The camera settings on this very bright cloudless day were iso 100, f2.0 with shutter speeds varying between 1500 and 5000. I used a white reflector between me and the dog and sat on a low stool with the reflector leaning against my knees for most of the shots. I used a 50mm lens on my Canon 5d MkIII.
Many thanks to Mark of Shagly Photography, Robin Terrell of Good Dog Fetch, Mica of The Dog Photographer, Lesa Truax, my assistant Jessiree Kubica, Daniel Thompson, Sheila Weaver and all the rest of the crew — you were amazing! The final step is spreading the love on facebook, google +, and on all of our different websites. Please share the story of the dogs and help them (and others) get adopted.
Wish me luck. Tomorrow a group of photographers is leaving Dallas and heading to a boarding facility called Camp Diggy Bones in Lavon, Texas. They’ve been in the animal rescue news lately because a now-defunct animal rescue organization called Happy Endings out of Waco, Texas abandoned 249 dog there. Yes. 249. They were being boarded there at a reduced fee when the rescue group went belly up and now they’re in limbo.
Please re-read some of my many posts about working with a responsible rescue organization! Lots of crazy things happen when well-intentioned people get in over their heads. Don’t get pulled down with them.
Because Camp Diggy Bones is out in the country and is NOT an adoption center, these dogs have little or no chance to get adopted without good adoption photos. They are the toughest group to find homes for — big dogs (many of them black) that look like pit bulls.
So we got some local pet photographers together and some Unleashed workshop graduates and we’re spending the day photographing these dogs. Our goal is to create portraits showing happy playful loving dogs who don’t look like every other dog on Petfinder.com or Adoptapet.com. The nice people at Paws in the City will list them and process the landslide of applications our photos will help create.
I am working on a portable outdoor set that I plan to take out there with me. Check back in a few days and we’ll post some of the results.
Whether you are using a camera-mounted flash, a studio flash (or monolight) or a continuous light system (which we recommend) setting up an on site studio inside a shelter can make a big difference in the quality of the photos you produce. Don’t misunderstand — any type of on site photography is tricky, because you’re dealing with frantic, sometimes traumatized dogs in a noisy scary environment. Our first choice is always to photograph the dogs and cats AWAY from the noise and smells of the shelter environment….but sometimes that’s just not an option.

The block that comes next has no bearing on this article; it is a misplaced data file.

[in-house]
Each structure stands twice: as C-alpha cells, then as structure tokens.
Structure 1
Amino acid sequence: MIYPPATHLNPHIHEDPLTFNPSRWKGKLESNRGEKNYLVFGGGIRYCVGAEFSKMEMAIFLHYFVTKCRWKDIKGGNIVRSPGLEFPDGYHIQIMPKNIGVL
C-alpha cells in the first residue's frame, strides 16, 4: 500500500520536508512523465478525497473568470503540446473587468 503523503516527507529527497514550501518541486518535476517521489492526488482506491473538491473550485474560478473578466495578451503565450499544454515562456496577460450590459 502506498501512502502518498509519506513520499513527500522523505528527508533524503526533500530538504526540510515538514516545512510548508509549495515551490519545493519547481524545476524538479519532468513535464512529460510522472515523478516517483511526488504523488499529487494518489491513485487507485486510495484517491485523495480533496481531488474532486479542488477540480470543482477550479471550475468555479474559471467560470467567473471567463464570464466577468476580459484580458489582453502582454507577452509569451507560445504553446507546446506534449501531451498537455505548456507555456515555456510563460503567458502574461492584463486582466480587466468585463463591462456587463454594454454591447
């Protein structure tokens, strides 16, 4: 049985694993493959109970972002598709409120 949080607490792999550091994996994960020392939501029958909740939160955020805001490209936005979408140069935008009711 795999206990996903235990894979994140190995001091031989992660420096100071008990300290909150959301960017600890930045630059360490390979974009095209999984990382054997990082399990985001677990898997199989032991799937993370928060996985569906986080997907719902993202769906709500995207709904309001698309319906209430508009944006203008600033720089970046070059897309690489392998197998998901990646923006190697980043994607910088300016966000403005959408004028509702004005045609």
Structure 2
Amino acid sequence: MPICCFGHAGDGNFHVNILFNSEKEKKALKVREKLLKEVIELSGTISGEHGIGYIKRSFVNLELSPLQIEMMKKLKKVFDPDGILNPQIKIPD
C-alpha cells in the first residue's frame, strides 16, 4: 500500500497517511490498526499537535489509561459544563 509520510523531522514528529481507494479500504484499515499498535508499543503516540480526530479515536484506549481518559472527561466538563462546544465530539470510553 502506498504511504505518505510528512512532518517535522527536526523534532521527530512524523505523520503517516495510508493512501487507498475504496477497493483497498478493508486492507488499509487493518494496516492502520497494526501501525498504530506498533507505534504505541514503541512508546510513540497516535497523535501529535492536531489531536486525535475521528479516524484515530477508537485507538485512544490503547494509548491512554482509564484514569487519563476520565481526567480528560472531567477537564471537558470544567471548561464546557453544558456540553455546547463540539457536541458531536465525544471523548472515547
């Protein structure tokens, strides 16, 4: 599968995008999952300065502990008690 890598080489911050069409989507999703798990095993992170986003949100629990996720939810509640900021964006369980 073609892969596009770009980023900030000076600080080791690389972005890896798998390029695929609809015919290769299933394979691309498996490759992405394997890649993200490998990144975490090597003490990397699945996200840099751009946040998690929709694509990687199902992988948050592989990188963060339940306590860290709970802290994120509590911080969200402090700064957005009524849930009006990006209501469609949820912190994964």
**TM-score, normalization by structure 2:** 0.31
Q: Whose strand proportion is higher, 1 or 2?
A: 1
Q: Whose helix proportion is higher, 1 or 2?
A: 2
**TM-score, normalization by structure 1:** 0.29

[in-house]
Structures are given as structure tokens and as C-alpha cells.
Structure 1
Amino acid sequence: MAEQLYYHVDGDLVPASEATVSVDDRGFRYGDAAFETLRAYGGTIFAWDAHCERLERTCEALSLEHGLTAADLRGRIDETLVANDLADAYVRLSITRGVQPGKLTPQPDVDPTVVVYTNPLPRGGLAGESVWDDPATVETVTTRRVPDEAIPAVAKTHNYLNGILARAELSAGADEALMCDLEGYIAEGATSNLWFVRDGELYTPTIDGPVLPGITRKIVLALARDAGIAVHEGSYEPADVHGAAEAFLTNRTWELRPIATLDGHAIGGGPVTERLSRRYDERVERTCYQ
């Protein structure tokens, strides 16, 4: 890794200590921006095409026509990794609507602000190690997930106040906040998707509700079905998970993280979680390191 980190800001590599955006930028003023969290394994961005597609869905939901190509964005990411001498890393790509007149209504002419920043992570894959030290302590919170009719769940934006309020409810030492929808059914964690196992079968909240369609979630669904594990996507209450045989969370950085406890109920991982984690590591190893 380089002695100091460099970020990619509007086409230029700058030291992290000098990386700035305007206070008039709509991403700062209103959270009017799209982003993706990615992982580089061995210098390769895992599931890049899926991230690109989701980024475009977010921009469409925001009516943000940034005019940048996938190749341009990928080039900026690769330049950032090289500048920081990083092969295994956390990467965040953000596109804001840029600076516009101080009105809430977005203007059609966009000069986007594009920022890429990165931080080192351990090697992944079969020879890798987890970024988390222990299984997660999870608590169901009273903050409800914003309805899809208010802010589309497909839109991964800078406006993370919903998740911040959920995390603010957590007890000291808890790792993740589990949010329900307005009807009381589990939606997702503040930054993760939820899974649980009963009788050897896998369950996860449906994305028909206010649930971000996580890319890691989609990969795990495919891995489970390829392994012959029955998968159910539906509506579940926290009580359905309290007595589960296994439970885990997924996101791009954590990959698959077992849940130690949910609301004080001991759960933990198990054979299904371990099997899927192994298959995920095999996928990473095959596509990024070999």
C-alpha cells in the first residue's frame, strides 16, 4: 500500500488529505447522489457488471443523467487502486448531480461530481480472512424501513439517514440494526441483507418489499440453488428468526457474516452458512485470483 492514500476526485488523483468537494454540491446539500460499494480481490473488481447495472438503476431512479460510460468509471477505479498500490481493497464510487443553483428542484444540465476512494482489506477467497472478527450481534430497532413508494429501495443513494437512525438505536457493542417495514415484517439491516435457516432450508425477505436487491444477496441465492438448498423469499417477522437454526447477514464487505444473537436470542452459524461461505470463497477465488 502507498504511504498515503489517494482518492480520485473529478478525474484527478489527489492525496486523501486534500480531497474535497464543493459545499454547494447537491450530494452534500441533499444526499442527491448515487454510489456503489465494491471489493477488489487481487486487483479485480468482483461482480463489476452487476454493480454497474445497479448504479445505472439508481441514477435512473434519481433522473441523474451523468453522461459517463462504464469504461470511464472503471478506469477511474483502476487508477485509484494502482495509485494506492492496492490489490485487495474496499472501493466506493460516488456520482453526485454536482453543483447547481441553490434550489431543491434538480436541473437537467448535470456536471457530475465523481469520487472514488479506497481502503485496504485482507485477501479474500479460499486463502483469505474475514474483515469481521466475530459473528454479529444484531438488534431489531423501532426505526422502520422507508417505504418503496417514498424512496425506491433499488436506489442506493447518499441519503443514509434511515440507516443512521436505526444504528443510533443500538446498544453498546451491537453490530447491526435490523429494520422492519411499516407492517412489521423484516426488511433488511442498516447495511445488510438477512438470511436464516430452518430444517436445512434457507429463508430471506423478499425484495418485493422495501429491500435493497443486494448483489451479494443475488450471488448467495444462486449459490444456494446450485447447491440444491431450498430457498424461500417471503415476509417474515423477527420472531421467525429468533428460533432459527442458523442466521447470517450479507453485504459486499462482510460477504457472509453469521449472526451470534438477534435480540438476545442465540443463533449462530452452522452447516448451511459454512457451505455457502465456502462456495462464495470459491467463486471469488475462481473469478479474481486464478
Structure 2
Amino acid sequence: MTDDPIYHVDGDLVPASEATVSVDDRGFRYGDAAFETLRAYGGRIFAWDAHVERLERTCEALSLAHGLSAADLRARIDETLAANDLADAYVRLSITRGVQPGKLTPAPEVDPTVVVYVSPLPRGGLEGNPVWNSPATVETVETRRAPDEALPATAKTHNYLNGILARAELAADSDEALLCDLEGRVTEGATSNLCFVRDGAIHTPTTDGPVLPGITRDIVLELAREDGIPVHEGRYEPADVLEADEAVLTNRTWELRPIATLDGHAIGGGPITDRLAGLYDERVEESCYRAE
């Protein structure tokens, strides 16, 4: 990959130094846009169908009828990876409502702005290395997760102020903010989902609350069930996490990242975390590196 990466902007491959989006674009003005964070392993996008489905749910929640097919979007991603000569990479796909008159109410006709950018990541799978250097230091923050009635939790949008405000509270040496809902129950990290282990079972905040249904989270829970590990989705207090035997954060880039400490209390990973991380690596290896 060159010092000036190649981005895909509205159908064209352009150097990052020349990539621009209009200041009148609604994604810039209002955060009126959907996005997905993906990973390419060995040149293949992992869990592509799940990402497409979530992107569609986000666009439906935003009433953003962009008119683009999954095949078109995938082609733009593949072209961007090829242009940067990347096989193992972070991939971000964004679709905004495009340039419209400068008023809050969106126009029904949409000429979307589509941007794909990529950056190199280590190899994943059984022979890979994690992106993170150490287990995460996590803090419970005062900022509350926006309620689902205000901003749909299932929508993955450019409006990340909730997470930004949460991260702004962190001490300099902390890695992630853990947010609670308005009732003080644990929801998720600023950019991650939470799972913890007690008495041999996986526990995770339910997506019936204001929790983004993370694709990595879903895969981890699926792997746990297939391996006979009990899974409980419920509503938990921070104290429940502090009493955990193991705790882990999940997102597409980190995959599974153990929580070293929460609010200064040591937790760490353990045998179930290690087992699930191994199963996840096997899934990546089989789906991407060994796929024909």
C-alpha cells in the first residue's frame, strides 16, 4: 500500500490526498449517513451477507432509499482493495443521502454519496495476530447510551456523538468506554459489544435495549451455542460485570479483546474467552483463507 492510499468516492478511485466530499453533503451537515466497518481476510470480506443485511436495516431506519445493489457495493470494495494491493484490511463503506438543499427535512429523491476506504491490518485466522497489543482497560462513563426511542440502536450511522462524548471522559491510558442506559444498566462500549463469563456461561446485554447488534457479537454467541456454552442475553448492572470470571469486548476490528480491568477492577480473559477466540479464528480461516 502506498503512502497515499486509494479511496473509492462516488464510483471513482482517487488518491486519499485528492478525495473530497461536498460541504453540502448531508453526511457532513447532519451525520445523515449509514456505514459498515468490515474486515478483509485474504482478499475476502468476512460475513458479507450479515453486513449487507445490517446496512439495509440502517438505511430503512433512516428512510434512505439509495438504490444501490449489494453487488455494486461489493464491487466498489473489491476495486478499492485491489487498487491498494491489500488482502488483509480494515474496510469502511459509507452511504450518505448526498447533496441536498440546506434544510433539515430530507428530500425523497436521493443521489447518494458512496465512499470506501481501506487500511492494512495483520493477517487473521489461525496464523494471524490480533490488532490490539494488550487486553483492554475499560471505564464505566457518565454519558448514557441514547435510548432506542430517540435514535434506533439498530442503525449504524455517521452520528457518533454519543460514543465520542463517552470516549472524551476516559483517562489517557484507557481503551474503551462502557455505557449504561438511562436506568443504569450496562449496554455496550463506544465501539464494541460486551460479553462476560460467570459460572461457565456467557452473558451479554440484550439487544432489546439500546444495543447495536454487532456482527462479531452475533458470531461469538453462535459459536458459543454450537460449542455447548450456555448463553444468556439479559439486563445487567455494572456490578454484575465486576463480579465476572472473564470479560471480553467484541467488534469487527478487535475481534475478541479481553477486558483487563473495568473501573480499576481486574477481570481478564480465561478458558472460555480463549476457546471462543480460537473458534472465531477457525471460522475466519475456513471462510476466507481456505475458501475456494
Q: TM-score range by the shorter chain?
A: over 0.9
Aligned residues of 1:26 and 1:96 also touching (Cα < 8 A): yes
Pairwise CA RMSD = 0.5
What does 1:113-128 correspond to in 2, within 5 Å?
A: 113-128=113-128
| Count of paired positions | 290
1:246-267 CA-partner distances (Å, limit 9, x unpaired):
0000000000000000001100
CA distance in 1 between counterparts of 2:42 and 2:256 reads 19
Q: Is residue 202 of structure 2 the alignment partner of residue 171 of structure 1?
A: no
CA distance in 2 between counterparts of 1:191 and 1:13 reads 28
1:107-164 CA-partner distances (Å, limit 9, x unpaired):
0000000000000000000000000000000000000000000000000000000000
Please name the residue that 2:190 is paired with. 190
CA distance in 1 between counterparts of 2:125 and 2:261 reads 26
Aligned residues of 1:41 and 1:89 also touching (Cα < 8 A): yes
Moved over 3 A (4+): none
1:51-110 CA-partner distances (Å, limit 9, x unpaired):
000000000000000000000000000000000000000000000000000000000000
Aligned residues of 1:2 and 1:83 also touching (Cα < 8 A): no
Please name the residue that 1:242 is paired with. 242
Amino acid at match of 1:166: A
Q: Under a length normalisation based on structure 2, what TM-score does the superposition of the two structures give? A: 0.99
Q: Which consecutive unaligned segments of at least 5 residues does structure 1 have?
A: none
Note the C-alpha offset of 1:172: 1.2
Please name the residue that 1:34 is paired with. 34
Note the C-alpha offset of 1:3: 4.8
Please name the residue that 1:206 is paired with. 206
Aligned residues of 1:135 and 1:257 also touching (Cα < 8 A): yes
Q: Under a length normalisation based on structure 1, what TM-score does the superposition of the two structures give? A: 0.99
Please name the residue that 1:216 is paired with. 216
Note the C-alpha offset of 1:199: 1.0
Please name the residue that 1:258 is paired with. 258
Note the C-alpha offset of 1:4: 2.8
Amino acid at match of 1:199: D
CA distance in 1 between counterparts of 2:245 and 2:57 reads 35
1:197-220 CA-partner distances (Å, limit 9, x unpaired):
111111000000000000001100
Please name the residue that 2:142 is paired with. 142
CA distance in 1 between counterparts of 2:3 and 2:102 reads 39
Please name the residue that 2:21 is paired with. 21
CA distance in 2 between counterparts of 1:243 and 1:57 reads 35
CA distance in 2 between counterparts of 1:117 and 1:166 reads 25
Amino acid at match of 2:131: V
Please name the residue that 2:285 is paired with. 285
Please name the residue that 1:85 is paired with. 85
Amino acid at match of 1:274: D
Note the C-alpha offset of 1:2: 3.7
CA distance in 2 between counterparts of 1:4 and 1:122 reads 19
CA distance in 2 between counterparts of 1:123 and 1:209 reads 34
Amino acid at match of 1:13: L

So for those of you trying to make better photos ON SITE , I have this list of tips:
1. Use a seamless paper background. It’s cheap, comes in every color and adds a bit of professionalism to your photos. A wrinkly blanket or sheet is a lousy substitute for the clean crisp look of a paper background. You can buy a roll of background paper from a camera supply like Adorama or B and H Photo for around $30 and it can last a very long time.
2. Get as far away from the noise of the kennel as possible. If they have an outbuilding you can use or at the very least some quiet conference room, try that first. Your subjects will be much calmer.
3. Try to time your photo shoot for AFTER the pet has had some exercise. A tired dog is much easier to photograph.
4. Use a helper. You absolutely, positively will frustrate yourself if you try to do this alone. Plus, with someone holding the dog’s leash and shuttling pets in and out of the shooting area you can work much faster and photograph many more pets in the same amount of time. Trust me. Get a volunteer or another photographer to help you.
5. Use natural light if you’re lucky enough to find space next to a big window. If not, use some sort of BIG light source (tiny camera mounted flashes should be diffused or bounced off the ceiling) and do not use flash pointed directly at the pet. Continuous Lights like the Westcott TD6 make your job much easier because they don’t “flash” at the pet –and for beginners, offer a what-you-see-is-what-you-get light source that will work with any camera without fancy flash triggering devices.
Those are my top five tips! We have covered how important it is to read dog’s body language in previous posts and videos. So practice with your own pets until you feel comfortable enough to work at the shelter — but don’t give up. All those homeless cats and dogs need you!
The smart people at Hearts Speak are setting up photo studios and training shelter volunteers to make better adoption photos in NYC. Yay!